Brown communications director Colin Reed said Brown won't be participating "out of concern for the hardship faced by people in the path of Hurricane Sandy."

"It is simply not appropriate to go forward with a political debate when a disaster strikes. The focus for all of us before, during and after the storm needs to be on emergency response and disaster relief, not campaigns and politics," he said.

Warren's campaign manager Mindy Meyers agreed in a statement released by the campaign on Monday evening.

"Elizabeth believes the focus now must be on public safety and ensuring people get the help they need during the storm and in its aftermath," she said.

"With the concern for public safety and cleanup paramount, Elizabeth believes the debate should not be held tomorrow."

Brown has spent much of the day at emergency response shelters and in meetings with local and state authorities planning storm preparation and response. He and Warren both canceled their campaign events on Monday, but as of Monday afternoon, the PBS affiliate hosting the debate, WGBH, had planned to continue with the debate as scheduled.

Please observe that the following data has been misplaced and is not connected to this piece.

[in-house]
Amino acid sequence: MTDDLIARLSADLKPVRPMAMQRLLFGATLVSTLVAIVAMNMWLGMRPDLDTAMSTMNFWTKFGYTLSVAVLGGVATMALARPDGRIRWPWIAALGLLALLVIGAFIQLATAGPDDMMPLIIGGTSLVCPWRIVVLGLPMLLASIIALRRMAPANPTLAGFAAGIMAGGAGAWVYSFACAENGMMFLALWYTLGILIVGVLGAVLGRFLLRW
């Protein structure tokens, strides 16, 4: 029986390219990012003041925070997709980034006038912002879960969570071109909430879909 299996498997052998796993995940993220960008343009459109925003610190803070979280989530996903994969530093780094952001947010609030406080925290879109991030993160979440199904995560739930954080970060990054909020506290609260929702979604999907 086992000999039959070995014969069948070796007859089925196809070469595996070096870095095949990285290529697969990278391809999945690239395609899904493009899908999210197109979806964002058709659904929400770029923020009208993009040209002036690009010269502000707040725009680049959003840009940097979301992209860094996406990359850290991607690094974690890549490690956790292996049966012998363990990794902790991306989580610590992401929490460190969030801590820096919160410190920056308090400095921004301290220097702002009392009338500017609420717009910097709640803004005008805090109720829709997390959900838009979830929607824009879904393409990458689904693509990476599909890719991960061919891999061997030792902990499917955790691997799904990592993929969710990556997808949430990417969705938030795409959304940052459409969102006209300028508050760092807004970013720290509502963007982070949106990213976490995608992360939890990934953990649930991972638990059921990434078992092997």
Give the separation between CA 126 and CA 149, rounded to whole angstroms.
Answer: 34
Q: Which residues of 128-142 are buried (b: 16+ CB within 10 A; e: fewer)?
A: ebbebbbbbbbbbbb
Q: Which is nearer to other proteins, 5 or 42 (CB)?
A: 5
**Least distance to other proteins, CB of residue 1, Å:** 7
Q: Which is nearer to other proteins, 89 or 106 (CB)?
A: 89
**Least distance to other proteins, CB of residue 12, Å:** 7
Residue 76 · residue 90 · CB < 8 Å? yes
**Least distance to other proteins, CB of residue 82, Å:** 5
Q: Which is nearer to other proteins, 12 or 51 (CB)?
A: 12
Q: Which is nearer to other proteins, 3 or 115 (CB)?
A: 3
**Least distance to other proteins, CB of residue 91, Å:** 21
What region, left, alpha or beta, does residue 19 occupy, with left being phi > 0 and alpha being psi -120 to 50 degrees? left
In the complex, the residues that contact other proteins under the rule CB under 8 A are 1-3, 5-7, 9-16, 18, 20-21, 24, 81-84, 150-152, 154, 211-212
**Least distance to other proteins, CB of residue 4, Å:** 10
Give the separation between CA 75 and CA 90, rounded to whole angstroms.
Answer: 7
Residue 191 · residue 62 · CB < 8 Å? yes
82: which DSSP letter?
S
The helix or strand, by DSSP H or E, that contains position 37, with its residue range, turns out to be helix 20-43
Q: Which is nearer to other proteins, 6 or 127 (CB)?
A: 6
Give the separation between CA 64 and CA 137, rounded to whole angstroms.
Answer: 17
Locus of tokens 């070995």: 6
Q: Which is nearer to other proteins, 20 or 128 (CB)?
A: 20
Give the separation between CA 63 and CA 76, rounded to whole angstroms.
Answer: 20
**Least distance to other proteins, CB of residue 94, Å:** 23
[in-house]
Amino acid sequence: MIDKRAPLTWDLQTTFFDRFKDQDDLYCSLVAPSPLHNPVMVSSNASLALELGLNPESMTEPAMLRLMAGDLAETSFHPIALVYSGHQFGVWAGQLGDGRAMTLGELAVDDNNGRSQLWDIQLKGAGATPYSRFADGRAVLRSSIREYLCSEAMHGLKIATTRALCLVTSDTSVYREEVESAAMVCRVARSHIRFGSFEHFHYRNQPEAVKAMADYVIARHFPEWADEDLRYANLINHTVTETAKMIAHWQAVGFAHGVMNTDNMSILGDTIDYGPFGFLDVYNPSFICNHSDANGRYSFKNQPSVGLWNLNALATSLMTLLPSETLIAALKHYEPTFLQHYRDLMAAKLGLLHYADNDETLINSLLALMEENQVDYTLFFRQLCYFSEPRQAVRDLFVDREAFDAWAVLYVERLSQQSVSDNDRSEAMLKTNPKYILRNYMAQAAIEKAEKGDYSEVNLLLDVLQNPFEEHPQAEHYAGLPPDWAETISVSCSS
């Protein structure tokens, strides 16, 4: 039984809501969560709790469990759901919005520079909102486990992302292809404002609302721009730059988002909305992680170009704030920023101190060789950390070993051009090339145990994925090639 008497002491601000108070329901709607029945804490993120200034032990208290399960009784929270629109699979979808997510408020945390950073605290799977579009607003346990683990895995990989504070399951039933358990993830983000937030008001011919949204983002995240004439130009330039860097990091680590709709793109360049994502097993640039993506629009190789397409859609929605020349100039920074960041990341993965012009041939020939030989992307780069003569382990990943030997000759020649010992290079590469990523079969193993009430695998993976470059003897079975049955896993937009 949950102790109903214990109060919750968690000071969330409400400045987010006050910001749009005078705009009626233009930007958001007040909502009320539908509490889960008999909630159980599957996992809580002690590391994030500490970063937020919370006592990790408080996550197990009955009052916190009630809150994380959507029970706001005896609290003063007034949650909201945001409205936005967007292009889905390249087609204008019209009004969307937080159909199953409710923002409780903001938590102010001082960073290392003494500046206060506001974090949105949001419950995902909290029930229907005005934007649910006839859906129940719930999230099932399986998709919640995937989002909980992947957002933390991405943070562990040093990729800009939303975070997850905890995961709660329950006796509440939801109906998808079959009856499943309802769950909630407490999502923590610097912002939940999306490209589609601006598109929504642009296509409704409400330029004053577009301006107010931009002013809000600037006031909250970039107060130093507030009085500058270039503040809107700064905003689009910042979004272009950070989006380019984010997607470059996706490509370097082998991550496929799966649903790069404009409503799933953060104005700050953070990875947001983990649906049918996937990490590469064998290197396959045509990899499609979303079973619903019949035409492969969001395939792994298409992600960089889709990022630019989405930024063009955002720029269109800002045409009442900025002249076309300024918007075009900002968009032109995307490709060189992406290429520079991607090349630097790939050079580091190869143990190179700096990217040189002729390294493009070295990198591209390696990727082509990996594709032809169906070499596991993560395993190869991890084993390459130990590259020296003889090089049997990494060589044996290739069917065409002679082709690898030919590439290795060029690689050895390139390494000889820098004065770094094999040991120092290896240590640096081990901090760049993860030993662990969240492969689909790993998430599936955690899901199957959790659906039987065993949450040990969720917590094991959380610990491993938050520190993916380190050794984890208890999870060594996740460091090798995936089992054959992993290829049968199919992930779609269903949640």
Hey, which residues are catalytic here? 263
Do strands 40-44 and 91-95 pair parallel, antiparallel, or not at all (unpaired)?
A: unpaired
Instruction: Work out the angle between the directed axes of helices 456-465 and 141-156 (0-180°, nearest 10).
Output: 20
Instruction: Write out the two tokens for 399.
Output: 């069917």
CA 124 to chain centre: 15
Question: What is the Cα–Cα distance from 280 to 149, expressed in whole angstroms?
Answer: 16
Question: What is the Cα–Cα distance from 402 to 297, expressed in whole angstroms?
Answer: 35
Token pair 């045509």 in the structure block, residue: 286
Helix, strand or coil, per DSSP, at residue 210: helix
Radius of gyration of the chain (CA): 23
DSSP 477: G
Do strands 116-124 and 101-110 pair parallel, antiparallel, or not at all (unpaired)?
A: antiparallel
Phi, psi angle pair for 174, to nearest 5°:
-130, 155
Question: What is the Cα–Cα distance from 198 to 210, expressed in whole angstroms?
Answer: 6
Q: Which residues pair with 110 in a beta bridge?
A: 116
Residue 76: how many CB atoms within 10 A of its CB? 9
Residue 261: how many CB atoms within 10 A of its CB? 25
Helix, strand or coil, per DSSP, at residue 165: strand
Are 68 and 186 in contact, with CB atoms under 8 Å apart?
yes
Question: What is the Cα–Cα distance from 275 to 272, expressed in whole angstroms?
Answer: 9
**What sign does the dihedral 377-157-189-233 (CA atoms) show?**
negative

The storm is causing cancellations of presidential and Senate campaign activities up and down the East Coast, with both Mitt Romney and President Obama taking time off from the trail to allow local authorities to focus on storm response. At least one other Senate debate, in Maine, originally scheduled for Tuesday night, has been moved to Friday.

--This story was updated at 6:49 p.m.